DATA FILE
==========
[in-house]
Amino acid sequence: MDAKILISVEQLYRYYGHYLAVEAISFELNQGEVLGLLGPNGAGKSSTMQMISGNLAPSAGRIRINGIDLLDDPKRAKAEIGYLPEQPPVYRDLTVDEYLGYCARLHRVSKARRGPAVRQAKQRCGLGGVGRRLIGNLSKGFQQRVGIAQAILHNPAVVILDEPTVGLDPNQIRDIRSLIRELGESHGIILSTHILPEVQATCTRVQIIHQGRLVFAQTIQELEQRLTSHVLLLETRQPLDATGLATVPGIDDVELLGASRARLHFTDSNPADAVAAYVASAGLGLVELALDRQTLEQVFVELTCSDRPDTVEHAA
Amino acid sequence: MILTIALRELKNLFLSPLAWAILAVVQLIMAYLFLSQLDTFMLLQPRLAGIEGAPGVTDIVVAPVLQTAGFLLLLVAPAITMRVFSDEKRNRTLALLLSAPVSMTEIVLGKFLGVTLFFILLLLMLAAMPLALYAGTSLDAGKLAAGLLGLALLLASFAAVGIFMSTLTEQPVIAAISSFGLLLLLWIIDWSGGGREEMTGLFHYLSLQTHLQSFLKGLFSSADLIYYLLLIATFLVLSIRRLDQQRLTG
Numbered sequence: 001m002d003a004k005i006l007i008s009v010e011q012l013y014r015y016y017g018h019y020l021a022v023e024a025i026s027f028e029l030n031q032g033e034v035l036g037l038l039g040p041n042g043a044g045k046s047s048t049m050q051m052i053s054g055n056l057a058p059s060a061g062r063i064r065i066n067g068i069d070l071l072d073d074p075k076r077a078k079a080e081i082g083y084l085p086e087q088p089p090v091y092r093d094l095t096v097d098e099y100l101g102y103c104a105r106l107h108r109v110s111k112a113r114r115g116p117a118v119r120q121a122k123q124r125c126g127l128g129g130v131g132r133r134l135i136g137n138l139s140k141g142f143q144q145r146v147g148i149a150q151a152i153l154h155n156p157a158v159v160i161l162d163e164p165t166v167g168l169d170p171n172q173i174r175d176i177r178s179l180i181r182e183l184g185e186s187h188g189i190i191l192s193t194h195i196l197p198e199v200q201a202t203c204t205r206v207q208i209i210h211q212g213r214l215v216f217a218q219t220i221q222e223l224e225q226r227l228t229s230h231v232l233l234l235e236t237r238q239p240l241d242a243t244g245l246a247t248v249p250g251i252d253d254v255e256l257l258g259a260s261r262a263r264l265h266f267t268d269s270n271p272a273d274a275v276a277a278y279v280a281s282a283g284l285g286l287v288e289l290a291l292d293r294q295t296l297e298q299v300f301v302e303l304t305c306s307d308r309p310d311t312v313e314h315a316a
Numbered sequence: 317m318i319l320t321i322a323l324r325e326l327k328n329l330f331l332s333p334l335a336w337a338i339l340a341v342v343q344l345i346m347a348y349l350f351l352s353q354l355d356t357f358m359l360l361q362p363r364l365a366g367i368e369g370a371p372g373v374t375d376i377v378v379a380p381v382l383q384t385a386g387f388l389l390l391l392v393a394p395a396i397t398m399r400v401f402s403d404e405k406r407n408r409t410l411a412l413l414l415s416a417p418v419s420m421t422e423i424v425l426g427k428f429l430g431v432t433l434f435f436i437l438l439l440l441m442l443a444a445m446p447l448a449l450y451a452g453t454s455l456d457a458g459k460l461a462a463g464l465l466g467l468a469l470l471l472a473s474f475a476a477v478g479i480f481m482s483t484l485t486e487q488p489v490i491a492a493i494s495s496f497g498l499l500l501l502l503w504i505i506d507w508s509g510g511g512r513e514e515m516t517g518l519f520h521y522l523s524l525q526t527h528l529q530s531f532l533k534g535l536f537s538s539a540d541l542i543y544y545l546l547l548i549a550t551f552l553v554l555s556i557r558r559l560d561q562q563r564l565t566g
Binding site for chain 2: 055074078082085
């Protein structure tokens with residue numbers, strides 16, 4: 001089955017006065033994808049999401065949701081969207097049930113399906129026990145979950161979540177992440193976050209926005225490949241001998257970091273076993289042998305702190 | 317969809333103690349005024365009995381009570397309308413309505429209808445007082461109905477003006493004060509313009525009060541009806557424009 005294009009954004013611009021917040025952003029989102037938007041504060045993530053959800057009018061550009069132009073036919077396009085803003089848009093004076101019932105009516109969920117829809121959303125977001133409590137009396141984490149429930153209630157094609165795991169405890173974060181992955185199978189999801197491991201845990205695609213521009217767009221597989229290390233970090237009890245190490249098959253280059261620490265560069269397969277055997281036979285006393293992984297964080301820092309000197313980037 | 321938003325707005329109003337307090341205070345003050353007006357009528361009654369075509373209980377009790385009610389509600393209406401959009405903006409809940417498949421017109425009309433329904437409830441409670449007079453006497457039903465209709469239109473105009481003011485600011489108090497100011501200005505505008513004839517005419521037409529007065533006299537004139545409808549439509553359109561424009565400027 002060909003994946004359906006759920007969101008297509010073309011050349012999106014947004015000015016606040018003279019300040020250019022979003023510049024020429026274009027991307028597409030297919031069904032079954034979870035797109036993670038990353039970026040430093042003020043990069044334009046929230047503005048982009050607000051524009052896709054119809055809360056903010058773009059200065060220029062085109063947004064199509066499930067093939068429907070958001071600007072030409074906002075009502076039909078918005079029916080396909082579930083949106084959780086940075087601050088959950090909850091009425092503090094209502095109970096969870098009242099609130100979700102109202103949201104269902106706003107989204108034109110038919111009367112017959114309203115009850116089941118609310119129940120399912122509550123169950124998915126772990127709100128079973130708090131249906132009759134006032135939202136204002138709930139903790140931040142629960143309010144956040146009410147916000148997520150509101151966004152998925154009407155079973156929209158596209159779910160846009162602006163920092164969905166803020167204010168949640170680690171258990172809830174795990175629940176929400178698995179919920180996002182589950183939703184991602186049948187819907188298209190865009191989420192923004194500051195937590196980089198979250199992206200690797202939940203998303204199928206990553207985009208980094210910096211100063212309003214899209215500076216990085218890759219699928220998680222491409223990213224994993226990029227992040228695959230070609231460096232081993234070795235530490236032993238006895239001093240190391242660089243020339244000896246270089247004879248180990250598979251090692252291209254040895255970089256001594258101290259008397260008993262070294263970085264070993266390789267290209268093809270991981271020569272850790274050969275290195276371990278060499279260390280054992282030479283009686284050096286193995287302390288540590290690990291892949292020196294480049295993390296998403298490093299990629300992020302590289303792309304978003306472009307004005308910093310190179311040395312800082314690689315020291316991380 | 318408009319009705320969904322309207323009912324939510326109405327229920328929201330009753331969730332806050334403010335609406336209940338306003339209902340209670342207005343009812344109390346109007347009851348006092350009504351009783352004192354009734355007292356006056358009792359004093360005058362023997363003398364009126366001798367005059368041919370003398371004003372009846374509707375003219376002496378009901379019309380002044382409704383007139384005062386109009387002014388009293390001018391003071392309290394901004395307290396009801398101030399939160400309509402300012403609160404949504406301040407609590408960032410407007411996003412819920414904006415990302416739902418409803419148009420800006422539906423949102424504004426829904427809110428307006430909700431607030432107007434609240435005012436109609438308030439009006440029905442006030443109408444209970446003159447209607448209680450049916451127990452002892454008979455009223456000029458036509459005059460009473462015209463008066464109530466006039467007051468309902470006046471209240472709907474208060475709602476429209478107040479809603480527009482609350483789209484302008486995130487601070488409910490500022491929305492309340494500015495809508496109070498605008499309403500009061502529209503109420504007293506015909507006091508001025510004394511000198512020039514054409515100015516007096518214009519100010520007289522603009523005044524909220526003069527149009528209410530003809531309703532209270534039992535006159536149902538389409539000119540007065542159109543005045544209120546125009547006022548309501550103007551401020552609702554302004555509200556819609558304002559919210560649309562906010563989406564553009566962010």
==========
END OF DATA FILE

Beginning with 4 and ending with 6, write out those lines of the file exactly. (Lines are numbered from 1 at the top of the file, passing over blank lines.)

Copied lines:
Numbered sequence: 001m002d003a004k005i006l007i008s009v010e011q012l013y014r015y016y017g018h019y020l021a022v023e024a025i026s027f028e029l030n031q032g033e034v035l036g037l038l039g040p041n042g043a044g045k046s047s048t049m050q051m052i053s054g055n056l057a058p059s060a061g062r063i064r065i066n067g068i069d070l071l072d073d074p075k076r077a078k079a080e081i082g083y084l085p086e087q088p089p090v091y092r093d094l095t096v097d098e099y100l101g102y103c104a105r106l107h108r109v110s111k112a113r114r115g116p117a118v119r120q121a122k123q124r125c126g127l128g129g130v131g132r133r134l135i136g137n138l139s140k141g142f143q144q145r146v147g148i149a150q151a152i153l154h155n156p157a158v159v160i161l162d163e164p165t166v167g168l169d170p171n172q173i174r175d176i177r178s179l180i181r182e183l184g185e186s187h188g189i190i191l192s193t194h195i196l197p198e199v200q201a202t203c204t205r206v207q208i209i210h211q212g213r214l215v216f217a218q219t220i221q222e223l224e225q226r227l228t229s230h231v232l233l234l235e236t237r238q239p240l241d242a243t244g245l246a247t248v249p250g251i252d253d254v255e256l257l258g259a260s261r262a263r264l265h266f267t268d269s270n271p272a273d274a275v276a277a278y279v280a281s282a283g284l285g286l287v288e289l290a291l292d293r294q295t296l297e298q299v300f301v302e303l304t305c306s307d308r309p310d311t312v313e314h315a316a
Numbered sequence: 317m318i319l320t321i322a323l324r325e326l327k328n329l330f331l332s333p334l335a336w337a338i339l340a341v342v343q344l345i346m347a348y349l350f351l352s353q354l355d356t357f358m359l360l361q362p363r364l365a366g367i368e369g370a371p372g373v374t375d376i377v378v379a380p381v382l383q384t385a386g387f388l389l390l391l392v393a394p395a396i397t398m399r400v401f402s403d404e405k406r407n408r409t410l411a412l413l414l415s416a417p418v419s420m421t422e423i424v425l426g427k428f429l430g431v432t433l434f435f436i437l438l439l440l441m442l443a444a445m446p447l448a449l450y451a452g453t454s455l456d457a458g459k460l461a462a463g464l465l466g467l468a469l470l471l472a473s474f475a476a477v478g479i480f481m482s483t484l485t486e487q488p489v490i491a492a493i494s495s496f497g498l499l500l501l502l503w504i505i506d507w508s509g510g511g512r513e514e515m516t517g518l519f520h521y522l523s524l525q526t527h528l529q530s531f532l533k534g535l536f537s538s539a540d541l542i543y544y545l546l547l548i549a550t551f552l553v554l555s556i557r558r559l560d561q562q563r564l565t566g
Binding site for chain 2: 055074078082085